Hon. Sen. Chief Nembire talked about disasters in Chimanimani. Government has already started building houses for those that were displaced by cyclone Idai in Chimanimani. The houses were being constructed under Local Government but when my Ministry was created, the project is now under my Ministry. We will continue with the construction and ensure that these people are allocated houses. It is not only Chimanimani - in Binga about 40 families were displaced by the cyclone so we need to construct houses for them.

Hon. Sen. Femai was supporting what I had explained. Hon. Sen. Hungwe is correct that the programme that we gave as Dzivaresekwa started in the Local Government and my Ministry was now a department. It is now a fully fledged Ministry and we are busy doing our hand over take over. In January next year you are going to see the things start happening in that area. The problems in that area – we already have reports that have been written - maybe it was your committee who wrote the report. We are aware of such programmes and we are working on them as we speak.

Hon. Sen. Moeketsi, let me restate that we are not constructing houses for Senators for free but we are saying that on our waiting lists let us also have Senators, MPs and civil servants as priority because we are the frontline workers of Government but these should not be for free. I decided to clarify the position. You were calling a dog with a whip in hand. Hon. Sen. Femai, I thank you for the words of support. Please continue preaching that gospel where you are coming from in your constituency so that everyone knows that the Government of His Excellency Cde. E. D. Mnangagwa is development oriented and this is where our focus is. We are not going to leave anyone behind as our theme suggests – leave no one behind. It is the right of everyone to have a house, even a person who is a street kid who no one wants to look after have a right to have decent accommodation. Even those that are ill should have houses. The elderly who do not have children to look after them have a right to be in old people’s homes where they are looked after. So, no one is being left behind. Let us all preach this gospel that has been preached by Hon. Sen. Femai so that as Zimbabweans we can build our own country. There will be no one who will come to build your own homestead to then marvel at the beauty of the home. We are the custodians and the owners of Zimbabwe. We spend most of our time building our Zimbabwe because no one will come and build it unless you want us to be recolonised because we are too lazy to build and develop our own country. I thank you.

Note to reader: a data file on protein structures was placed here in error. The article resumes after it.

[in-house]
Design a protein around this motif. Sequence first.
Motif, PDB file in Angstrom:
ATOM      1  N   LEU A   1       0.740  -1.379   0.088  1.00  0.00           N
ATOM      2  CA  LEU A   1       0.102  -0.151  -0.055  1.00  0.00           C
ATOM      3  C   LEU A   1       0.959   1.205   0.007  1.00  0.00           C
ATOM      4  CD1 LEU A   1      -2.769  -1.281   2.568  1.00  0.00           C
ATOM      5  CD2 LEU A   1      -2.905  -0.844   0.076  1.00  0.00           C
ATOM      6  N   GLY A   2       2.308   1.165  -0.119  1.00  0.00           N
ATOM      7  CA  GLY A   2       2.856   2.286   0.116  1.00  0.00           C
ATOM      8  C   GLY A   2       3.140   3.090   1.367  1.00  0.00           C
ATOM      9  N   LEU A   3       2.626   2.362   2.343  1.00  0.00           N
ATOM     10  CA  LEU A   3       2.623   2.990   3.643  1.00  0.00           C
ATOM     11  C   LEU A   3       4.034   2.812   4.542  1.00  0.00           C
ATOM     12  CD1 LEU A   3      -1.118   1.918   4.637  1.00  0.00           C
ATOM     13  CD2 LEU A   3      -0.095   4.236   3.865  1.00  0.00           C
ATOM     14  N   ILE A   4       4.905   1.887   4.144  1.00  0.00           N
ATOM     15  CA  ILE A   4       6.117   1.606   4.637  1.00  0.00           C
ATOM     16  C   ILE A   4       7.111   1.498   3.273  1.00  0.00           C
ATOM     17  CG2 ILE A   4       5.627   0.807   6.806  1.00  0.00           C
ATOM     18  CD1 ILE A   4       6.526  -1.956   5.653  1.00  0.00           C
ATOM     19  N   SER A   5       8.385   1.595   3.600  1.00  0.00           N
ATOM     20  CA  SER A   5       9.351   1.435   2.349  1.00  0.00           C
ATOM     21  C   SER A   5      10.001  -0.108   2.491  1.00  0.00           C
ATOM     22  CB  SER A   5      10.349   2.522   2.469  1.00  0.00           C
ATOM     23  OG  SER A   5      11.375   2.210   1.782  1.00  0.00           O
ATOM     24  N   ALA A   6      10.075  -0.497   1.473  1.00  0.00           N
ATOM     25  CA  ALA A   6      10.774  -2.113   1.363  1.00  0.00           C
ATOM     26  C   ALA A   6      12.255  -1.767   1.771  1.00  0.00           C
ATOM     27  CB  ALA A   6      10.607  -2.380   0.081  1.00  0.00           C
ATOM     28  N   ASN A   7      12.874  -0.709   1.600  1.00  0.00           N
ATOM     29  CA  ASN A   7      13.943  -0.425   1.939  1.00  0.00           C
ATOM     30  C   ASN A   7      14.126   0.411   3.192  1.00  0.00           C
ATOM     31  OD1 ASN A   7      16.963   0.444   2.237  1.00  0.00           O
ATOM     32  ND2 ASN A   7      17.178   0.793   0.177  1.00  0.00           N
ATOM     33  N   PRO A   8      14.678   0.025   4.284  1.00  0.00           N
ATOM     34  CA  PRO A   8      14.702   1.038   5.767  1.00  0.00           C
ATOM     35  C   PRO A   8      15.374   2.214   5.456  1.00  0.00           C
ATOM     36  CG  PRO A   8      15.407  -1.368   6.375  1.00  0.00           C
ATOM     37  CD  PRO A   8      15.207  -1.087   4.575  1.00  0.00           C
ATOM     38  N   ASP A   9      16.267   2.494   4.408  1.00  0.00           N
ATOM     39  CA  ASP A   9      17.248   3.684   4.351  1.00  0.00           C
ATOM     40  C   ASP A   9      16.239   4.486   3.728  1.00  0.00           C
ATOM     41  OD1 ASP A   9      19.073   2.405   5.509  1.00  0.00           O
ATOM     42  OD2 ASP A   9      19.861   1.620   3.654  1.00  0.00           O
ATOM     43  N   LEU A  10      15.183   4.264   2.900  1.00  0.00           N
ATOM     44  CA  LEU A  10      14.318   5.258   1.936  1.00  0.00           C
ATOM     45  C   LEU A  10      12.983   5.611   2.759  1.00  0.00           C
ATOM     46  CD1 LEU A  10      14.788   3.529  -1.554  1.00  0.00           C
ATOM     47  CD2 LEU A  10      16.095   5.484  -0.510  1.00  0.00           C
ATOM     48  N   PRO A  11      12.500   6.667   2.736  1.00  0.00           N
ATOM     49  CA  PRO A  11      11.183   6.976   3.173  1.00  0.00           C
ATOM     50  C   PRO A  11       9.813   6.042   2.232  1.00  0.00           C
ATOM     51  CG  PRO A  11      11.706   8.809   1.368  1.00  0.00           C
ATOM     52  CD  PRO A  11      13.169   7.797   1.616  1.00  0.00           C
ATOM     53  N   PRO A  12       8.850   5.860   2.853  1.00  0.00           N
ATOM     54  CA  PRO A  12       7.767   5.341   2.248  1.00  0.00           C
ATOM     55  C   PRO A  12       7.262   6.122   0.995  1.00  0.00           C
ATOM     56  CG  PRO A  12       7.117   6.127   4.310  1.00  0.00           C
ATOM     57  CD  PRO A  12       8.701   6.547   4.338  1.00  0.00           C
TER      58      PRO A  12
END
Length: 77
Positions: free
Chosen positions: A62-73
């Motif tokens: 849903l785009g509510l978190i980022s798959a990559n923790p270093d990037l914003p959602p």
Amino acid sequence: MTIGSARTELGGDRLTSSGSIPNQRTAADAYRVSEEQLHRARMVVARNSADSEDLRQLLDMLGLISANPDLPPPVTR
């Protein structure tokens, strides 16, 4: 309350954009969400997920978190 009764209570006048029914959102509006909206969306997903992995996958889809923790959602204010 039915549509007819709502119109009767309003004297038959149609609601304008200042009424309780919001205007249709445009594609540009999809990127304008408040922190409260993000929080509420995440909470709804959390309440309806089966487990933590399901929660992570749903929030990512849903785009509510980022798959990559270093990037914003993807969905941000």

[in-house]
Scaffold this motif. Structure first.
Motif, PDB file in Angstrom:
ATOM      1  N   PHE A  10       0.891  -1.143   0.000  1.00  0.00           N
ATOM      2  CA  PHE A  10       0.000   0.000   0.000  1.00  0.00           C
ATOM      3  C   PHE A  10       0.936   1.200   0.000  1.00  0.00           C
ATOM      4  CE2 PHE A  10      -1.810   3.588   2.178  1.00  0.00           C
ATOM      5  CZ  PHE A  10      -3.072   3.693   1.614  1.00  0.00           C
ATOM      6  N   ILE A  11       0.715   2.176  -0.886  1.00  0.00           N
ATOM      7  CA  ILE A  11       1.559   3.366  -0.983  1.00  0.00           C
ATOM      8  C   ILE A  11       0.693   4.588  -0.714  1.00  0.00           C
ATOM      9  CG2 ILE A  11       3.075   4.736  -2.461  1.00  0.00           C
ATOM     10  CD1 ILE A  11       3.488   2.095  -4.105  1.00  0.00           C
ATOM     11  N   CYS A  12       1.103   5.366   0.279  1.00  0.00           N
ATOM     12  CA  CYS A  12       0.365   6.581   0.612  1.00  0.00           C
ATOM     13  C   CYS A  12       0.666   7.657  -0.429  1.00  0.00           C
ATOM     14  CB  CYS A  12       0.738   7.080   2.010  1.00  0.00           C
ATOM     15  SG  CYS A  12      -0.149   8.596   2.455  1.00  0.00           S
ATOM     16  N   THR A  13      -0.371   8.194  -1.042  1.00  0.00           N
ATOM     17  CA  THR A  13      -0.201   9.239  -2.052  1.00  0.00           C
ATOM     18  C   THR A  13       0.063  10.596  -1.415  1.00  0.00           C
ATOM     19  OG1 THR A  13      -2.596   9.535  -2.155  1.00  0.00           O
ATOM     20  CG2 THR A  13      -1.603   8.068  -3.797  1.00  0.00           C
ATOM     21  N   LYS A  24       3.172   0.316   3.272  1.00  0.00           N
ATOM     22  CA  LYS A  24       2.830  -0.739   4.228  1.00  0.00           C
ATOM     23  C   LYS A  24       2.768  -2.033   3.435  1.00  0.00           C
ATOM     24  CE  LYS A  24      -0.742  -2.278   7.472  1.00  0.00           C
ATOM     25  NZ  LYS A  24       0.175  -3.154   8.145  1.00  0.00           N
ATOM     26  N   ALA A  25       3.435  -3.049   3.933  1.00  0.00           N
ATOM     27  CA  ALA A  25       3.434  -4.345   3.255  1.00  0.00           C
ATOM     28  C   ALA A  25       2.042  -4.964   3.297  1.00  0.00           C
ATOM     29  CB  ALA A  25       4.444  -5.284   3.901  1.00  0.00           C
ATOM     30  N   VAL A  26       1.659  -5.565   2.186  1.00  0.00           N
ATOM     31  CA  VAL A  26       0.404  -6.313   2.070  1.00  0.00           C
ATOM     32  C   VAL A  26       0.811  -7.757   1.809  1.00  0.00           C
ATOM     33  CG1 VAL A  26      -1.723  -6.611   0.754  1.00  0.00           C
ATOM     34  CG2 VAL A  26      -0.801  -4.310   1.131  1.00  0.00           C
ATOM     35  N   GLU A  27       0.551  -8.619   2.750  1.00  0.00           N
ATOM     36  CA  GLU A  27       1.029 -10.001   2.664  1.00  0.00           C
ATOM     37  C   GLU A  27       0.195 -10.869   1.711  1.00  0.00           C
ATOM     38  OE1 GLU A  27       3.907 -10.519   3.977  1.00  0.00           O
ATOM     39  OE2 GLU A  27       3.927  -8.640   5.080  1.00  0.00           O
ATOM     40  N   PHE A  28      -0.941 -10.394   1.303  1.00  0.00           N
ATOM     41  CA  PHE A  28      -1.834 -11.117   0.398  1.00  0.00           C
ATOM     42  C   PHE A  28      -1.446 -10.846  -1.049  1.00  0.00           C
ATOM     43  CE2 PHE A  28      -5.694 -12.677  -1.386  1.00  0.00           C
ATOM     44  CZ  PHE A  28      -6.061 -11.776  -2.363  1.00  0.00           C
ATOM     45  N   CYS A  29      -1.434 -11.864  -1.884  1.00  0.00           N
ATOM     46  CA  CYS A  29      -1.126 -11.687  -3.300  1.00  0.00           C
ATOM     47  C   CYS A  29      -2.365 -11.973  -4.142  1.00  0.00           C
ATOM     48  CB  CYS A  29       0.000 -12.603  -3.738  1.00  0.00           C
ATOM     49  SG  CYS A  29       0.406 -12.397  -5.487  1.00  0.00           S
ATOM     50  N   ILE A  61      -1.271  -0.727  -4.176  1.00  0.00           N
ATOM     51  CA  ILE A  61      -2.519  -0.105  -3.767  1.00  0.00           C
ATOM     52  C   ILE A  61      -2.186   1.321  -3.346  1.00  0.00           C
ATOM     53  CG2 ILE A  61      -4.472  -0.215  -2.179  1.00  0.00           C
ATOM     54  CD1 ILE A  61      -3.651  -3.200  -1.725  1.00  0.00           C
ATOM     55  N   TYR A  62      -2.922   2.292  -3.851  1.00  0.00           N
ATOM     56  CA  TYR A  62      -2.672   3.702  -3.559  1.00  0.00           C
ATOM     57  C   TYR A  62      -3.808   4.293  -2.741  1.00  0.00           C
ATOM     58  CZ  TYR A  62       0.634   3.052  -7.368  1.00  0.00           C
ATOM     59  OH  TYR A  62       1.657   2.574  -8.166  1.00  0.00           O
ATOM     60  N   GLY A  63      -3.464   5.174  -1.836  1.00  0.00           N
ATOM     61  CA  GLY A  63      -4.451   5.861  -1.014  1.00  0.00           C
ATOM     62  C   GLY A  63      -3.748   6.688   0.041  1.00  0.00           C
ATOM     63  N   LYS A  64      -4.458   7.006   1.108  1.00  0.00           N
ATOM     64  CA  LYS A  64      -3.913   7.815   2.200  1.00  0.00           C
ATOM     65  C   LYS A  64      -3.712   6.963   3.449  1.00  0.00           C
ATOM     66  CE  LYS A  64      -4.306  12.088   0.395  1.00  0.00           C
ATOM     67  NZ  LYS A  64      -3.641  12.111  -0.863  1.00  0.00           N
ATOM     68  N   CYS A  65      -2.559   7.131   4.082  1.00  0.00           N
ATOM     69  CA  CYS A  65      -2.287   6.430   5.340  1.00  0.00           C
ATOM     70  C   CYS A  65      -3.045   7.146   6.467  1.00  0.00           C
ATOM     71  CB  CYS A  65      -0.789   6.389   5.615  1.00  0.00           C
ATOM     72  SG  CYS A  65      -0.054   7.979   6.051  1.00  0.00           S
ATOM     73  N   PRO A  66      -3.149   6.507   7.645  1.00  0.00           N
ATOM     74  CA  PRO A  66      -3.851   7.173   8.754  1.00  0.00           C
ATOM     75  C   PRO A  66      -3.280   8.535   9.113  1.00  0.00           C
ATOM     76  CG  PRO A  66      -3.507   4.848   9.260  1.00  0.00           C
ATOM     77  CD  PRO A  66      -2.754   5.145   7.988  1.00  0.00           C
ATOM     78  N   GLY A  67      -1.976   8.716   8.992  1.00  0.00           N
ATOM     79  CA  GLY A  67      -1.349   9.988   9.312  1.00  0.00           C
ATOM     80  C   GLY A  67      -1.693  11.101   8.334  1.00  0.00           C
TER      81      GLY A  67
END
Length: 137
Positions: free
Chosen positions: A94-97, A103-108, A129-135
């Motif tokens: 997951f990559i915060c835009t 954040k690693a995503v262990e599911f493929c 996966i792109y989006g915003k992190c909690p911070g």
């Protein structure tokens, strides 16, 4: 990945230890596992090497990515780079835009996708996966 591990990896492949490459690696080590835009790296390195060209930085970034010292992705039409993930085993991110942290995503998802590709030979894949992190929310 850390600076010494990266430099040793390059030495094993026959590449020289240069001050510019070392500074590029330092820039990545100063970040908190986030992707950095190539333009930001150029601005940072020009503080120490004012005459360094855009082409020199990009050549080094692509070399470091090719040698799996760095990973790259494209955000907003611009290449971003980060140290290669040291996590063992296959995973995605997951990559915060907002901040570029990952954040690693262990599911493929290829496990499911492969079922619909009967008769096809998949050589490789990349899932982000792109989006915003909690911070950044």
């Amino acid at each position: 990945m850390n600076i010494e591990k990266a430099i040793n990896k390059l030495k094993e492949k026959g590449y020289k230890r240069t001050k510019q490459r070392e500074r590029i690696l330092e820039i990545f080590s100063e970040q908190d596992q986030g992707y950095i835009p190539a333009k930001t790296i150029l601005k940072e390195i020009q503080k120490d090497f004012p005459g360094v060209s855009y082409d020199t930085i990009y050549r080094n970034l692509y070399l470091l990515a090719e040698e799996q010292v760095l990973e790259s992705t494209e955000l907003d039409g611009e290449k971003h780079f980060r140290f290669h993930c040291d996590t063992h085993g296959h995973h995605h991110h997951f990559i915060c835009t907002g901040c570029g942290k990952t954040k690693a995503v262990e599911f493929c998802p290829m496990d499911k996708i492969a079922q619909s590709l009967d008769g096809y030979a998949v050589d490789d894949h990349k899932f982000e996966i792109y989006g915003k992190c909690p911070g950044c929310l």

THE HON. DEPUTY PRESIDENT OF SENATE: Thank you Hon. Minister for sharing with the Senate, the National Housing Policy and clarifying issues which were raised by the Hon. Senators.

MOTION

BUSINESS OF THE HOUSE

THE MINISTER OF STATE FOR MASHONALAND CENTRAL (HON. SEN. MAVHUNGA): I move that Orders of the Day Number 1 and 2 be stood over until all the other Orders have been disposed of.

Motion put and agreed to.

MOTION

PRESIDENTIAL SPEECH: DEBATE ON ADDRESS

Third Order read: Adjourned debate on motion in reply to the Presidential Speech.

Question again proposed.

THE MINISTER OF STATE FOR MASHONALAND CENTRAL PROVINCE (HON. SEN. MAVHUNGA): I move that the debate do now adjourn.

Motion put and agreed to.

Debate to resume: Thursday 19th November, 2020.

MOTION

PREVALENCE OF DOMESTIC VIOLENCE

 

HON. SEN. TONGOGARA: I move the motion standing in my name that this House;